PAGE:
Time to try our new forms of journalism

Media is rapidly transforming in response to new consumer behaviour. 

As the media continues to grapple with the ‘future of journalism’ and financially sustainable media, we must also remember that the media is operating in a tough environment where interest in news is on a decline and audiences are expressing what researchers are now calling ‘selective news avoidance’.

In this year’s Digital News Report (DNR 2023), interest in news was found to be lower amongst women and younger audiences with many reporting news fatigue compounded by the difficult times we are living in.

Studies have shown that younger audiences specifically avoid news because it is ‘triggering’ and some have reported feeling helpless and hopeless by the unending negative news cycles.

Furthermore, according to the DNR 2023, news avoiders range from those who avoid most news sources, that is scrolling past news and changing the channels when the news comes on, to those who have reduced the number of times they check news and finally to those who avoid certain topics that bring down their mood or increase their anxiety.

In the midst of all this, perhaps this could be the perfect opportunity for the media to experiment with new forms of journalism that break away from the conventional and might even stir up the audiences.

One such form of journalism is Solutions Journalism, founded a decade ago by journalists David Bornstein, Tina Rosenberg and Courtney Martin. Traditionally, journalism has been about reporting about what is wrong and unfair in society.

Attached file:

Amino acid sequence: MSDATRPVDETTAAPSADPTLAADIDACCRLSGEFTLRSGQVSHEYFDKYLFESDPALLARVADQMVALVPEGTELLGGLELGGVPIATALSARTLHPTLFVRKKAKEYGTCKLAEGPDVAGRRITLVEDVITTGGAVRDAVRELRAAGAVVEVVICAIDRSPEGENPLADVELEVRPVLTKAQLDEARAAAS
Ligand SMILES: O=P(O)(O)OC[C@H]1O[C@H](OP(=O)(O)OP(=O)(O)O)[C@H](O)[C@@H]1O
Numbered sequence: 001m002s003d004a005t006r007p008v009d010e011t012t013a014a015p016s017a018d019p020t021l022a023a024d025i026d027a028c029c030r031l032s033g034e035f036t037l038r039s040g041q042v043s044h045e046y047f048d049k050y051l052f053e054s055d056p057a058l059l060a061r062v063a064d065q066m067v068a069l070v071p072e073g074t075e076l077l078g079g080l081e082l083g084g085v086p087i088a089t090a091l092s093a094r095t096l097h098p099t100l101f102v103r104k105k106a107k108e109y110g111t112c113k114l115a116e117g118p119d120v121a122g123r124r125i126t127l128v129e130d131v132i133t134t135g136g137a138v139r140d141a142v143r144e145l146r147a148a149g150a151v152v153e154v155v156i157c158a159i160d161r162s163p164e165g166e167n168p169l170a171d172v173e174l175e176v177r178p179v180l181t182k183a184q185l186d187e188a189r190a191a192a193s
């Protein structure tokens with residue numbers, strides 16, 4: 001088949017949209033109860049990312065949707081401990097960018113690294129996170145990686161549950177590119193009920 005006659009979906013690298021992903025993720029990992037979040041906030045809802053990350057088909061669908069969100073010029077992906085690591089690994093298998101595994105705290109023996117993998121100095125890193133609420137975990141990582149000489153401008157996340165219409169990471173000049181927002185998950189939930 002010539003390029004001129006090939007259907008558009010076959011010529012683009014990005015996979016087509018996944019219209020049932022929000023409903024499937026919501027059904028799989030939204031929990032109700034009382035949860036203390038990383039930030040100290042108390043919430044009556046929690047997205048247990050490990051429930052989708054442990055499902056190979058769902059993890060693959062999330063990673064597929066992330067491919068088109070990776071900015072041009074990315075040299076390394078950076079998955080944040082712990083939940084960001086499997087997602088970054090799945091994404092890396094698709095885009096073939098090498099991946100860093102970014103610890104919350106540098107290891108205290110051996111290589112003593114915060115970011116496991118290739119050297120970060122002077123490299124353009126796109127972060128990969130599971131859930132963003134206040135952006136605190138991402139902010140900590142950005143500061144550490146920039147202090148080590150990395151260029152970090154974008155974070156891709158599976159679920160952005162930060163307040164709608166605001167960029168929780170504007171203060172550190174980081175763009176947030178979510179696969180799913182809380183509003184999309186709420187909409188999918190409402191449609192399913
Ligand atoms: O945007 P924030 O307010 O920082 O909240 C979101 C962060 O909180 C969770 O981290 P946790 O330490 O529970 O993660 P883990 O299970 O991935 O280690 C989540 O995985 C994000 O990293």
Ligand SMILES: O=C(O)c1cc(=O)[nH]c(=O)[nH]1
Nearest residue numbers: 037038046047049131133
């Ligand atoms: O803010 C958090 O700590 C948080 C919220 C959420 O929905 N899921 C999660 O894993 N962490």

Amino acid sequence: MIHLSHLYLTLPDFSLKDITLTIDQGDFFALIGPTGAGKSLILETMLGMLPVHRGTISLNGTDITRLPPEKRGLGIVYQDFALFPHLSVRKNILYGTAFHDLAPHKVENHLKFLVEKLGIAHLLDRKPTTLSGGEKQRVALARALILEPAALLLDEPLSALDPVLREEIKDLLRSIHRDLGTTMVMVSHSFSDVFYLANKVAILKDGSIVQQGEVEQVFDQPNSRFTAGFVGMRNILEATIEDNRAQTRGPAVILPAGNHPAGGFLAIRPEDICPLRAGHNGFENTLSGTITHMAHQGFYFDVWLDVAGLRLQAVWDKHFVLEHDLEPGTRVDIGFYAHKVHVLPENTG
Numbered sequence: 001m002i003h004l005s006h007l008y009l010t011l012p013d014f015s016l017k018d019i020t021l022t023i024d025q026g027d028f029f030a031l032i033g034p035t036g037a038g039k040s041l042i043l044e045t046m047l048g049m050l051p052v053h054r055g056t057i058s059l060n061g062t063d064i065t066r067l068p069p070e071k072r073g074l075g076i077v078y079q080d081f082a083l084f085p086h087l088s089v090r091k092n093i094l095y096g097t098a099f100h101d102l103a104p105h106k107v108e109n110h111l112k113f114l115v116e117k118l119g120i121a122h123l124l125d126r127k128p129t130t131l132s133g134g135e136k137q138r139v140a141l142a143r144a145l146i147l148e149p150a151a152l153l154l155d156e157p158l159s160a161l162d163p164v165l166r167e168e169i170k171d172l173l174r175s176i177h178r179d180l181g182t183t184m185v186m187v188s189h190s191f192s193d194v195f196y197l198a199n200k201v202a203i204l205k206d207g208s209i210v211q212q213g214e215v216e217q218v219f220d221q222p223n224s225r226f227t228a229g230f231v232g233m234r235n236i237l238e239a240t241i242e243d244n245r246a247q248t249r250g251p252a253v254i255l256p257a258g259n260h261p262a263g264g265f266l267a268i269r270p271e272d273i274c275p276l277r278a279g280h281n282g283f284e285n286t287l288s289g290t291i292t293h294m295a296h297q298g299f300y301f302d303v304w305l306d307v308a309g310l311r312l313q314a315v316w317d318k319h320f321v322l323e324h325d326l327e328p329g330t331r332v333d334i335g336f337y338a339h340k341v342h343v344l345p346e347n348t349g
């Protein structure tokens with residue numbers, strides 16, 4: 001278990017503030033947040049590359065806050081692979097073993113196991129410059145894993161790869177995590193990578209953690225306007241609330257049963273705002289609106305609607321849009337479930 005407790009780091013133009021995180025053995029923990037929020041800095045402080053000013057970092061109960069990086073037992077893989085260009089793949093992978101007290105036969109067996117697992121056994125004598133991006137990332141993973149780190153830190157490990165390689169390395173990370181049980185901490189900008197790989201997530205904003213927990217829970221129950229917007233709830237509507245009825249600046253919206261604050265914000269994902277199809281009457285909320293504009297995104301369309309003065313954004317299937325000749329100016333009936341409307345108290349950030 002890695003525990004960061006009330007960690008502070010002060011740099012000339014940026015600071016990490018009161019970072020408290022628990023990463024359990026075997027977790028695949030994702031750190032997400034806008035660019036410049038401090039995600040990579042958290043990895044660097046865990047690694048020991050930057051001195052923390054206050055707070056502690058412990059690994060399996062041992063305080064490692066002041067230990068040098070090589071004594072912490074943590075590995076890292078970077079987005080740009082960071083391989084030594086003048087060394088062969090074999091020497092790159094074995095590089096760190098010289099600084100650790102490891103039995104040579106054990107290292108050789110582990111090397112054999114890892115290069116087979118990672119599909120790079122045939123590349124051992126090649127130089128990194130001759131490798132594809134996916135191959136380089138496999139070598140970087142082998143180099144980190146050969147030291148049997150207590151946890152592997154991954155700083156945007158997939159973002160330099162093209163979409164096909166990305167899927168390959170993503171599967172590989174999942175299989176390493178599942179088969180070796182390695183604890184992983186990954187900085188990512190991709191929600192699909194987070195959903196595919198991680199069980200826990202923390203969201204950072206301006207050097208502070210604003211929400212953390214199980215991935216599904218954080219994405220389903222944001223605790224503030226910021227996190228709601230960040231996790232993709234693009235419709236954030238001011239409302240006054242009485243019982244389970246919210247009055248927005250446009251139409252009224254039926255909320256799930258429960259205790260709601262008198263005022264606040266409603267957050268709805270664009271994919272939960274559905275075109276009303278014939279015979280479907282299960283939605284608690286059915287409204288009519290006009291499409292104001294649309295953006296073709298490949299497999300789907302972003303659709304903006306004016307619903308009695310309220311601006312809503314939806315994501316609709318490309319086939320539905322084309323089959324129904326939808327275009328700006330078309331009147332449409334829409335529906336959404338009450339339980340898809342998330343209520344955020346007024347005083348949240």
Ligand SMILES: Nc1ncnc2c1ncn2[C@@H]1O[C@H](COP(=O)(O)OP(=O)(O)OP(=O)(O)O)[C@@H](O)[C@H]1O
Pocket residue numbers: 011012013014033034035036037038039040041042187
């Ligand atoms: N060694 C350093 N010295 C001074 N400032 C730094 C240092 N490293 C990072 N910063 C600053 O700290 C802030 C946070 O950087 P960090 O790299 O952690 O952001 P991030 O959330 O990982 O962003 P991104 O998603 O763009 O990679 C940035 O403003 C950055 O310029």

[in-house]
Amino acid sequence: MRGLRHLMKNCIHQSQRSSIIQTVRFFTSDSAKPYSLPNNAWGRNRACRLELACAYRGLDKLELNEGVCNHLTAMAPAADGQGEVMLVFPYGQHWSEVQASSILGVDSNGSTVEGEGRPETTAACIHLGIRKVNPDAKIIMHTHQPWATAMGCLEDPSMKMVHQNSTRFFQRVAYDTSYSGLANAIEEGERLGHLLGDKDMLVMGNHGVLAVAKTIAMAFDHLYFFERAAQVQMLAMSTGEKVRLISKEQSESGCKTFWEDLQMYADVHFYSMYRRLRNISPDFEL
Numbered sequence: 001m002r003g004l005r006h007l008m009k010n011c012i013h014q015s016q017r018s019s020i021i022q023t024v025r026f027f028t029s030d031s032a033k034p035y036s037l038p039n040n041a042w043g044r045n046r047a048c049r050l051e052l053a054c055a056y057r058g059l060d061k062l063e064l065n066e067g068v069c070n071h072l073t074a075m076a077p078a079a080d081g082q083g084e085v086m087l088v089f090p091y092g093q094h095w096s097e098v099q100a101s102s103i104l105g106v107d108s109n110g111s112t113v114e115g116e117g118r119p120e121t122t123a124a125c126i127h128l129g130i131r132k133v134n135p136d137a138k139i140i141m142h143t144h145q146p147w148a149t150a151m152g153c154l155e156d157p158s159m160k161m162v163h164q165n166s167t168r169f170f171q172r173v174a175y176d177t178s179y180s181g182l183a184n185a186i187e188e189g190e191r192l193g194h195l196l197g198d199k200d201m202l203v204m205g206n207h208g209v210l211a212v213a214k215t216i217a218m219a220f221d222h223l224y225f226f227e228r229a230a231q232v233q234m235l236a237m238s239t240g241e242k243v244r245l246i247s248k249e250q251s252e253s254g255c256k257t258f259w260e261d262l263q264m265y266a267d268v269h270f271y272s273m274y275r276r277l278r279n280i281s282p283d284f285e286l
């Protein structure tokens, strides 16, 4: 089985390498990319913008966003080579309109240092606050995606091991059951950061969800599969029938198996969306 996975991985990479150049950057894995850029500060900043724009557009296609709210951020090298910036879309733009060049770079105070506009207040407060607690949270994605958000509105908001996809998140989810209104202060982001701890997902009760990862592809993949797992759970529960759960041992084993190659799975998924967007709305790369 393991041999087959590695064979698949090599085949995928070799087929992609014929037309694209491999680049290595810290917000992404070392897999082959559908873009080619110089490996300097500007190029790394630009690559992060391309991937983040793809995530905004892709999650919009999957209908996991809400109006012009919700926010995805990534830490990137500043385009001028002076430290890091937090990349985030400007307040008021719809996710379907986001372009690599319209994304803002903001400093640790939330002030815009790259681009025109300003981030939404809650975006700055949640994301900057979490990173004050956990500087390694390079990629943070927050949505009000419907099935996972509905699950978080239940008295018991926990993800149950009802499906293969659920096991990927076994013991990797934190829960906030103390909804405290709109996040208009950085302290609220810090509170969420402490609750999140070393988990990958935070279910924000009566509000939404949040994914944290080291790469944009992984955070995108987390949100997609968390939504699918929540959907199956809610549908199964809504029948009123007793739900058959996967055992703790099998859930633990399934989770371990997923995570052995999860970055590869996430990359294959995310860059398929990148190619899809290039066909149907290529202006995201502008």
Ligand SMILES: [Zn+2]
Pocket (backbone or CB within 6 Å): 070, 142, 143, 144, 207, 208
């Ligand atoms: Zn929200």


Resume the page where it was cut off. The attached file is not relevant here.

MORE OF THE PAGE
Journalists pride themselves in flooding the darkness with light and bringing to the fore what some – the powerful- do not want to be exposed.

Journalism, if you ask many journalists, journalism is about holding those in power accountable and for some, in the famous words of Finley Peter Dunne, the newspaper ‘comforts the afflicted, afflicts the comfortable’.

That said, one must agree that these are different times when media is experiencing an unprecedented existential crisis.

It wouldn’t hurt to try new forms of journalism over and beyond the founding principle of "journalism is about reporting what is wrong in society”.

Solutions journalism is about investigating and explaining ‘in a critical and clear-eyed way, how people try to solve widely shared problems.’

Journalists should by all means report what is wrong in society. However, they must not leave it at that, they must take it a step further and interrogate the response to the issue, while distilling the key lessons or insights that make that response relevant (or not) and also ensure to back up the effectiveness of the response with evidence without forgetting to point out the limitations.

This means that it is not enough to publish photos of improper garbage disposal in Nairobi estates, it is equally important to probe the responses from the county government, establish what works and why and also point out any limitations to these responses and solutions.

Some journalists would argue that it is not their job to report solutions and their effectiveness, that is the work of policy makers and other government officials.

My ‘solution’ to that is that in this era of disruption and news fatigue, journalists must be ready to have that difficult conversation about revising the boundaries of their jobs- if they are to stay in circulation.

- Dr Chege is a media and technology researcher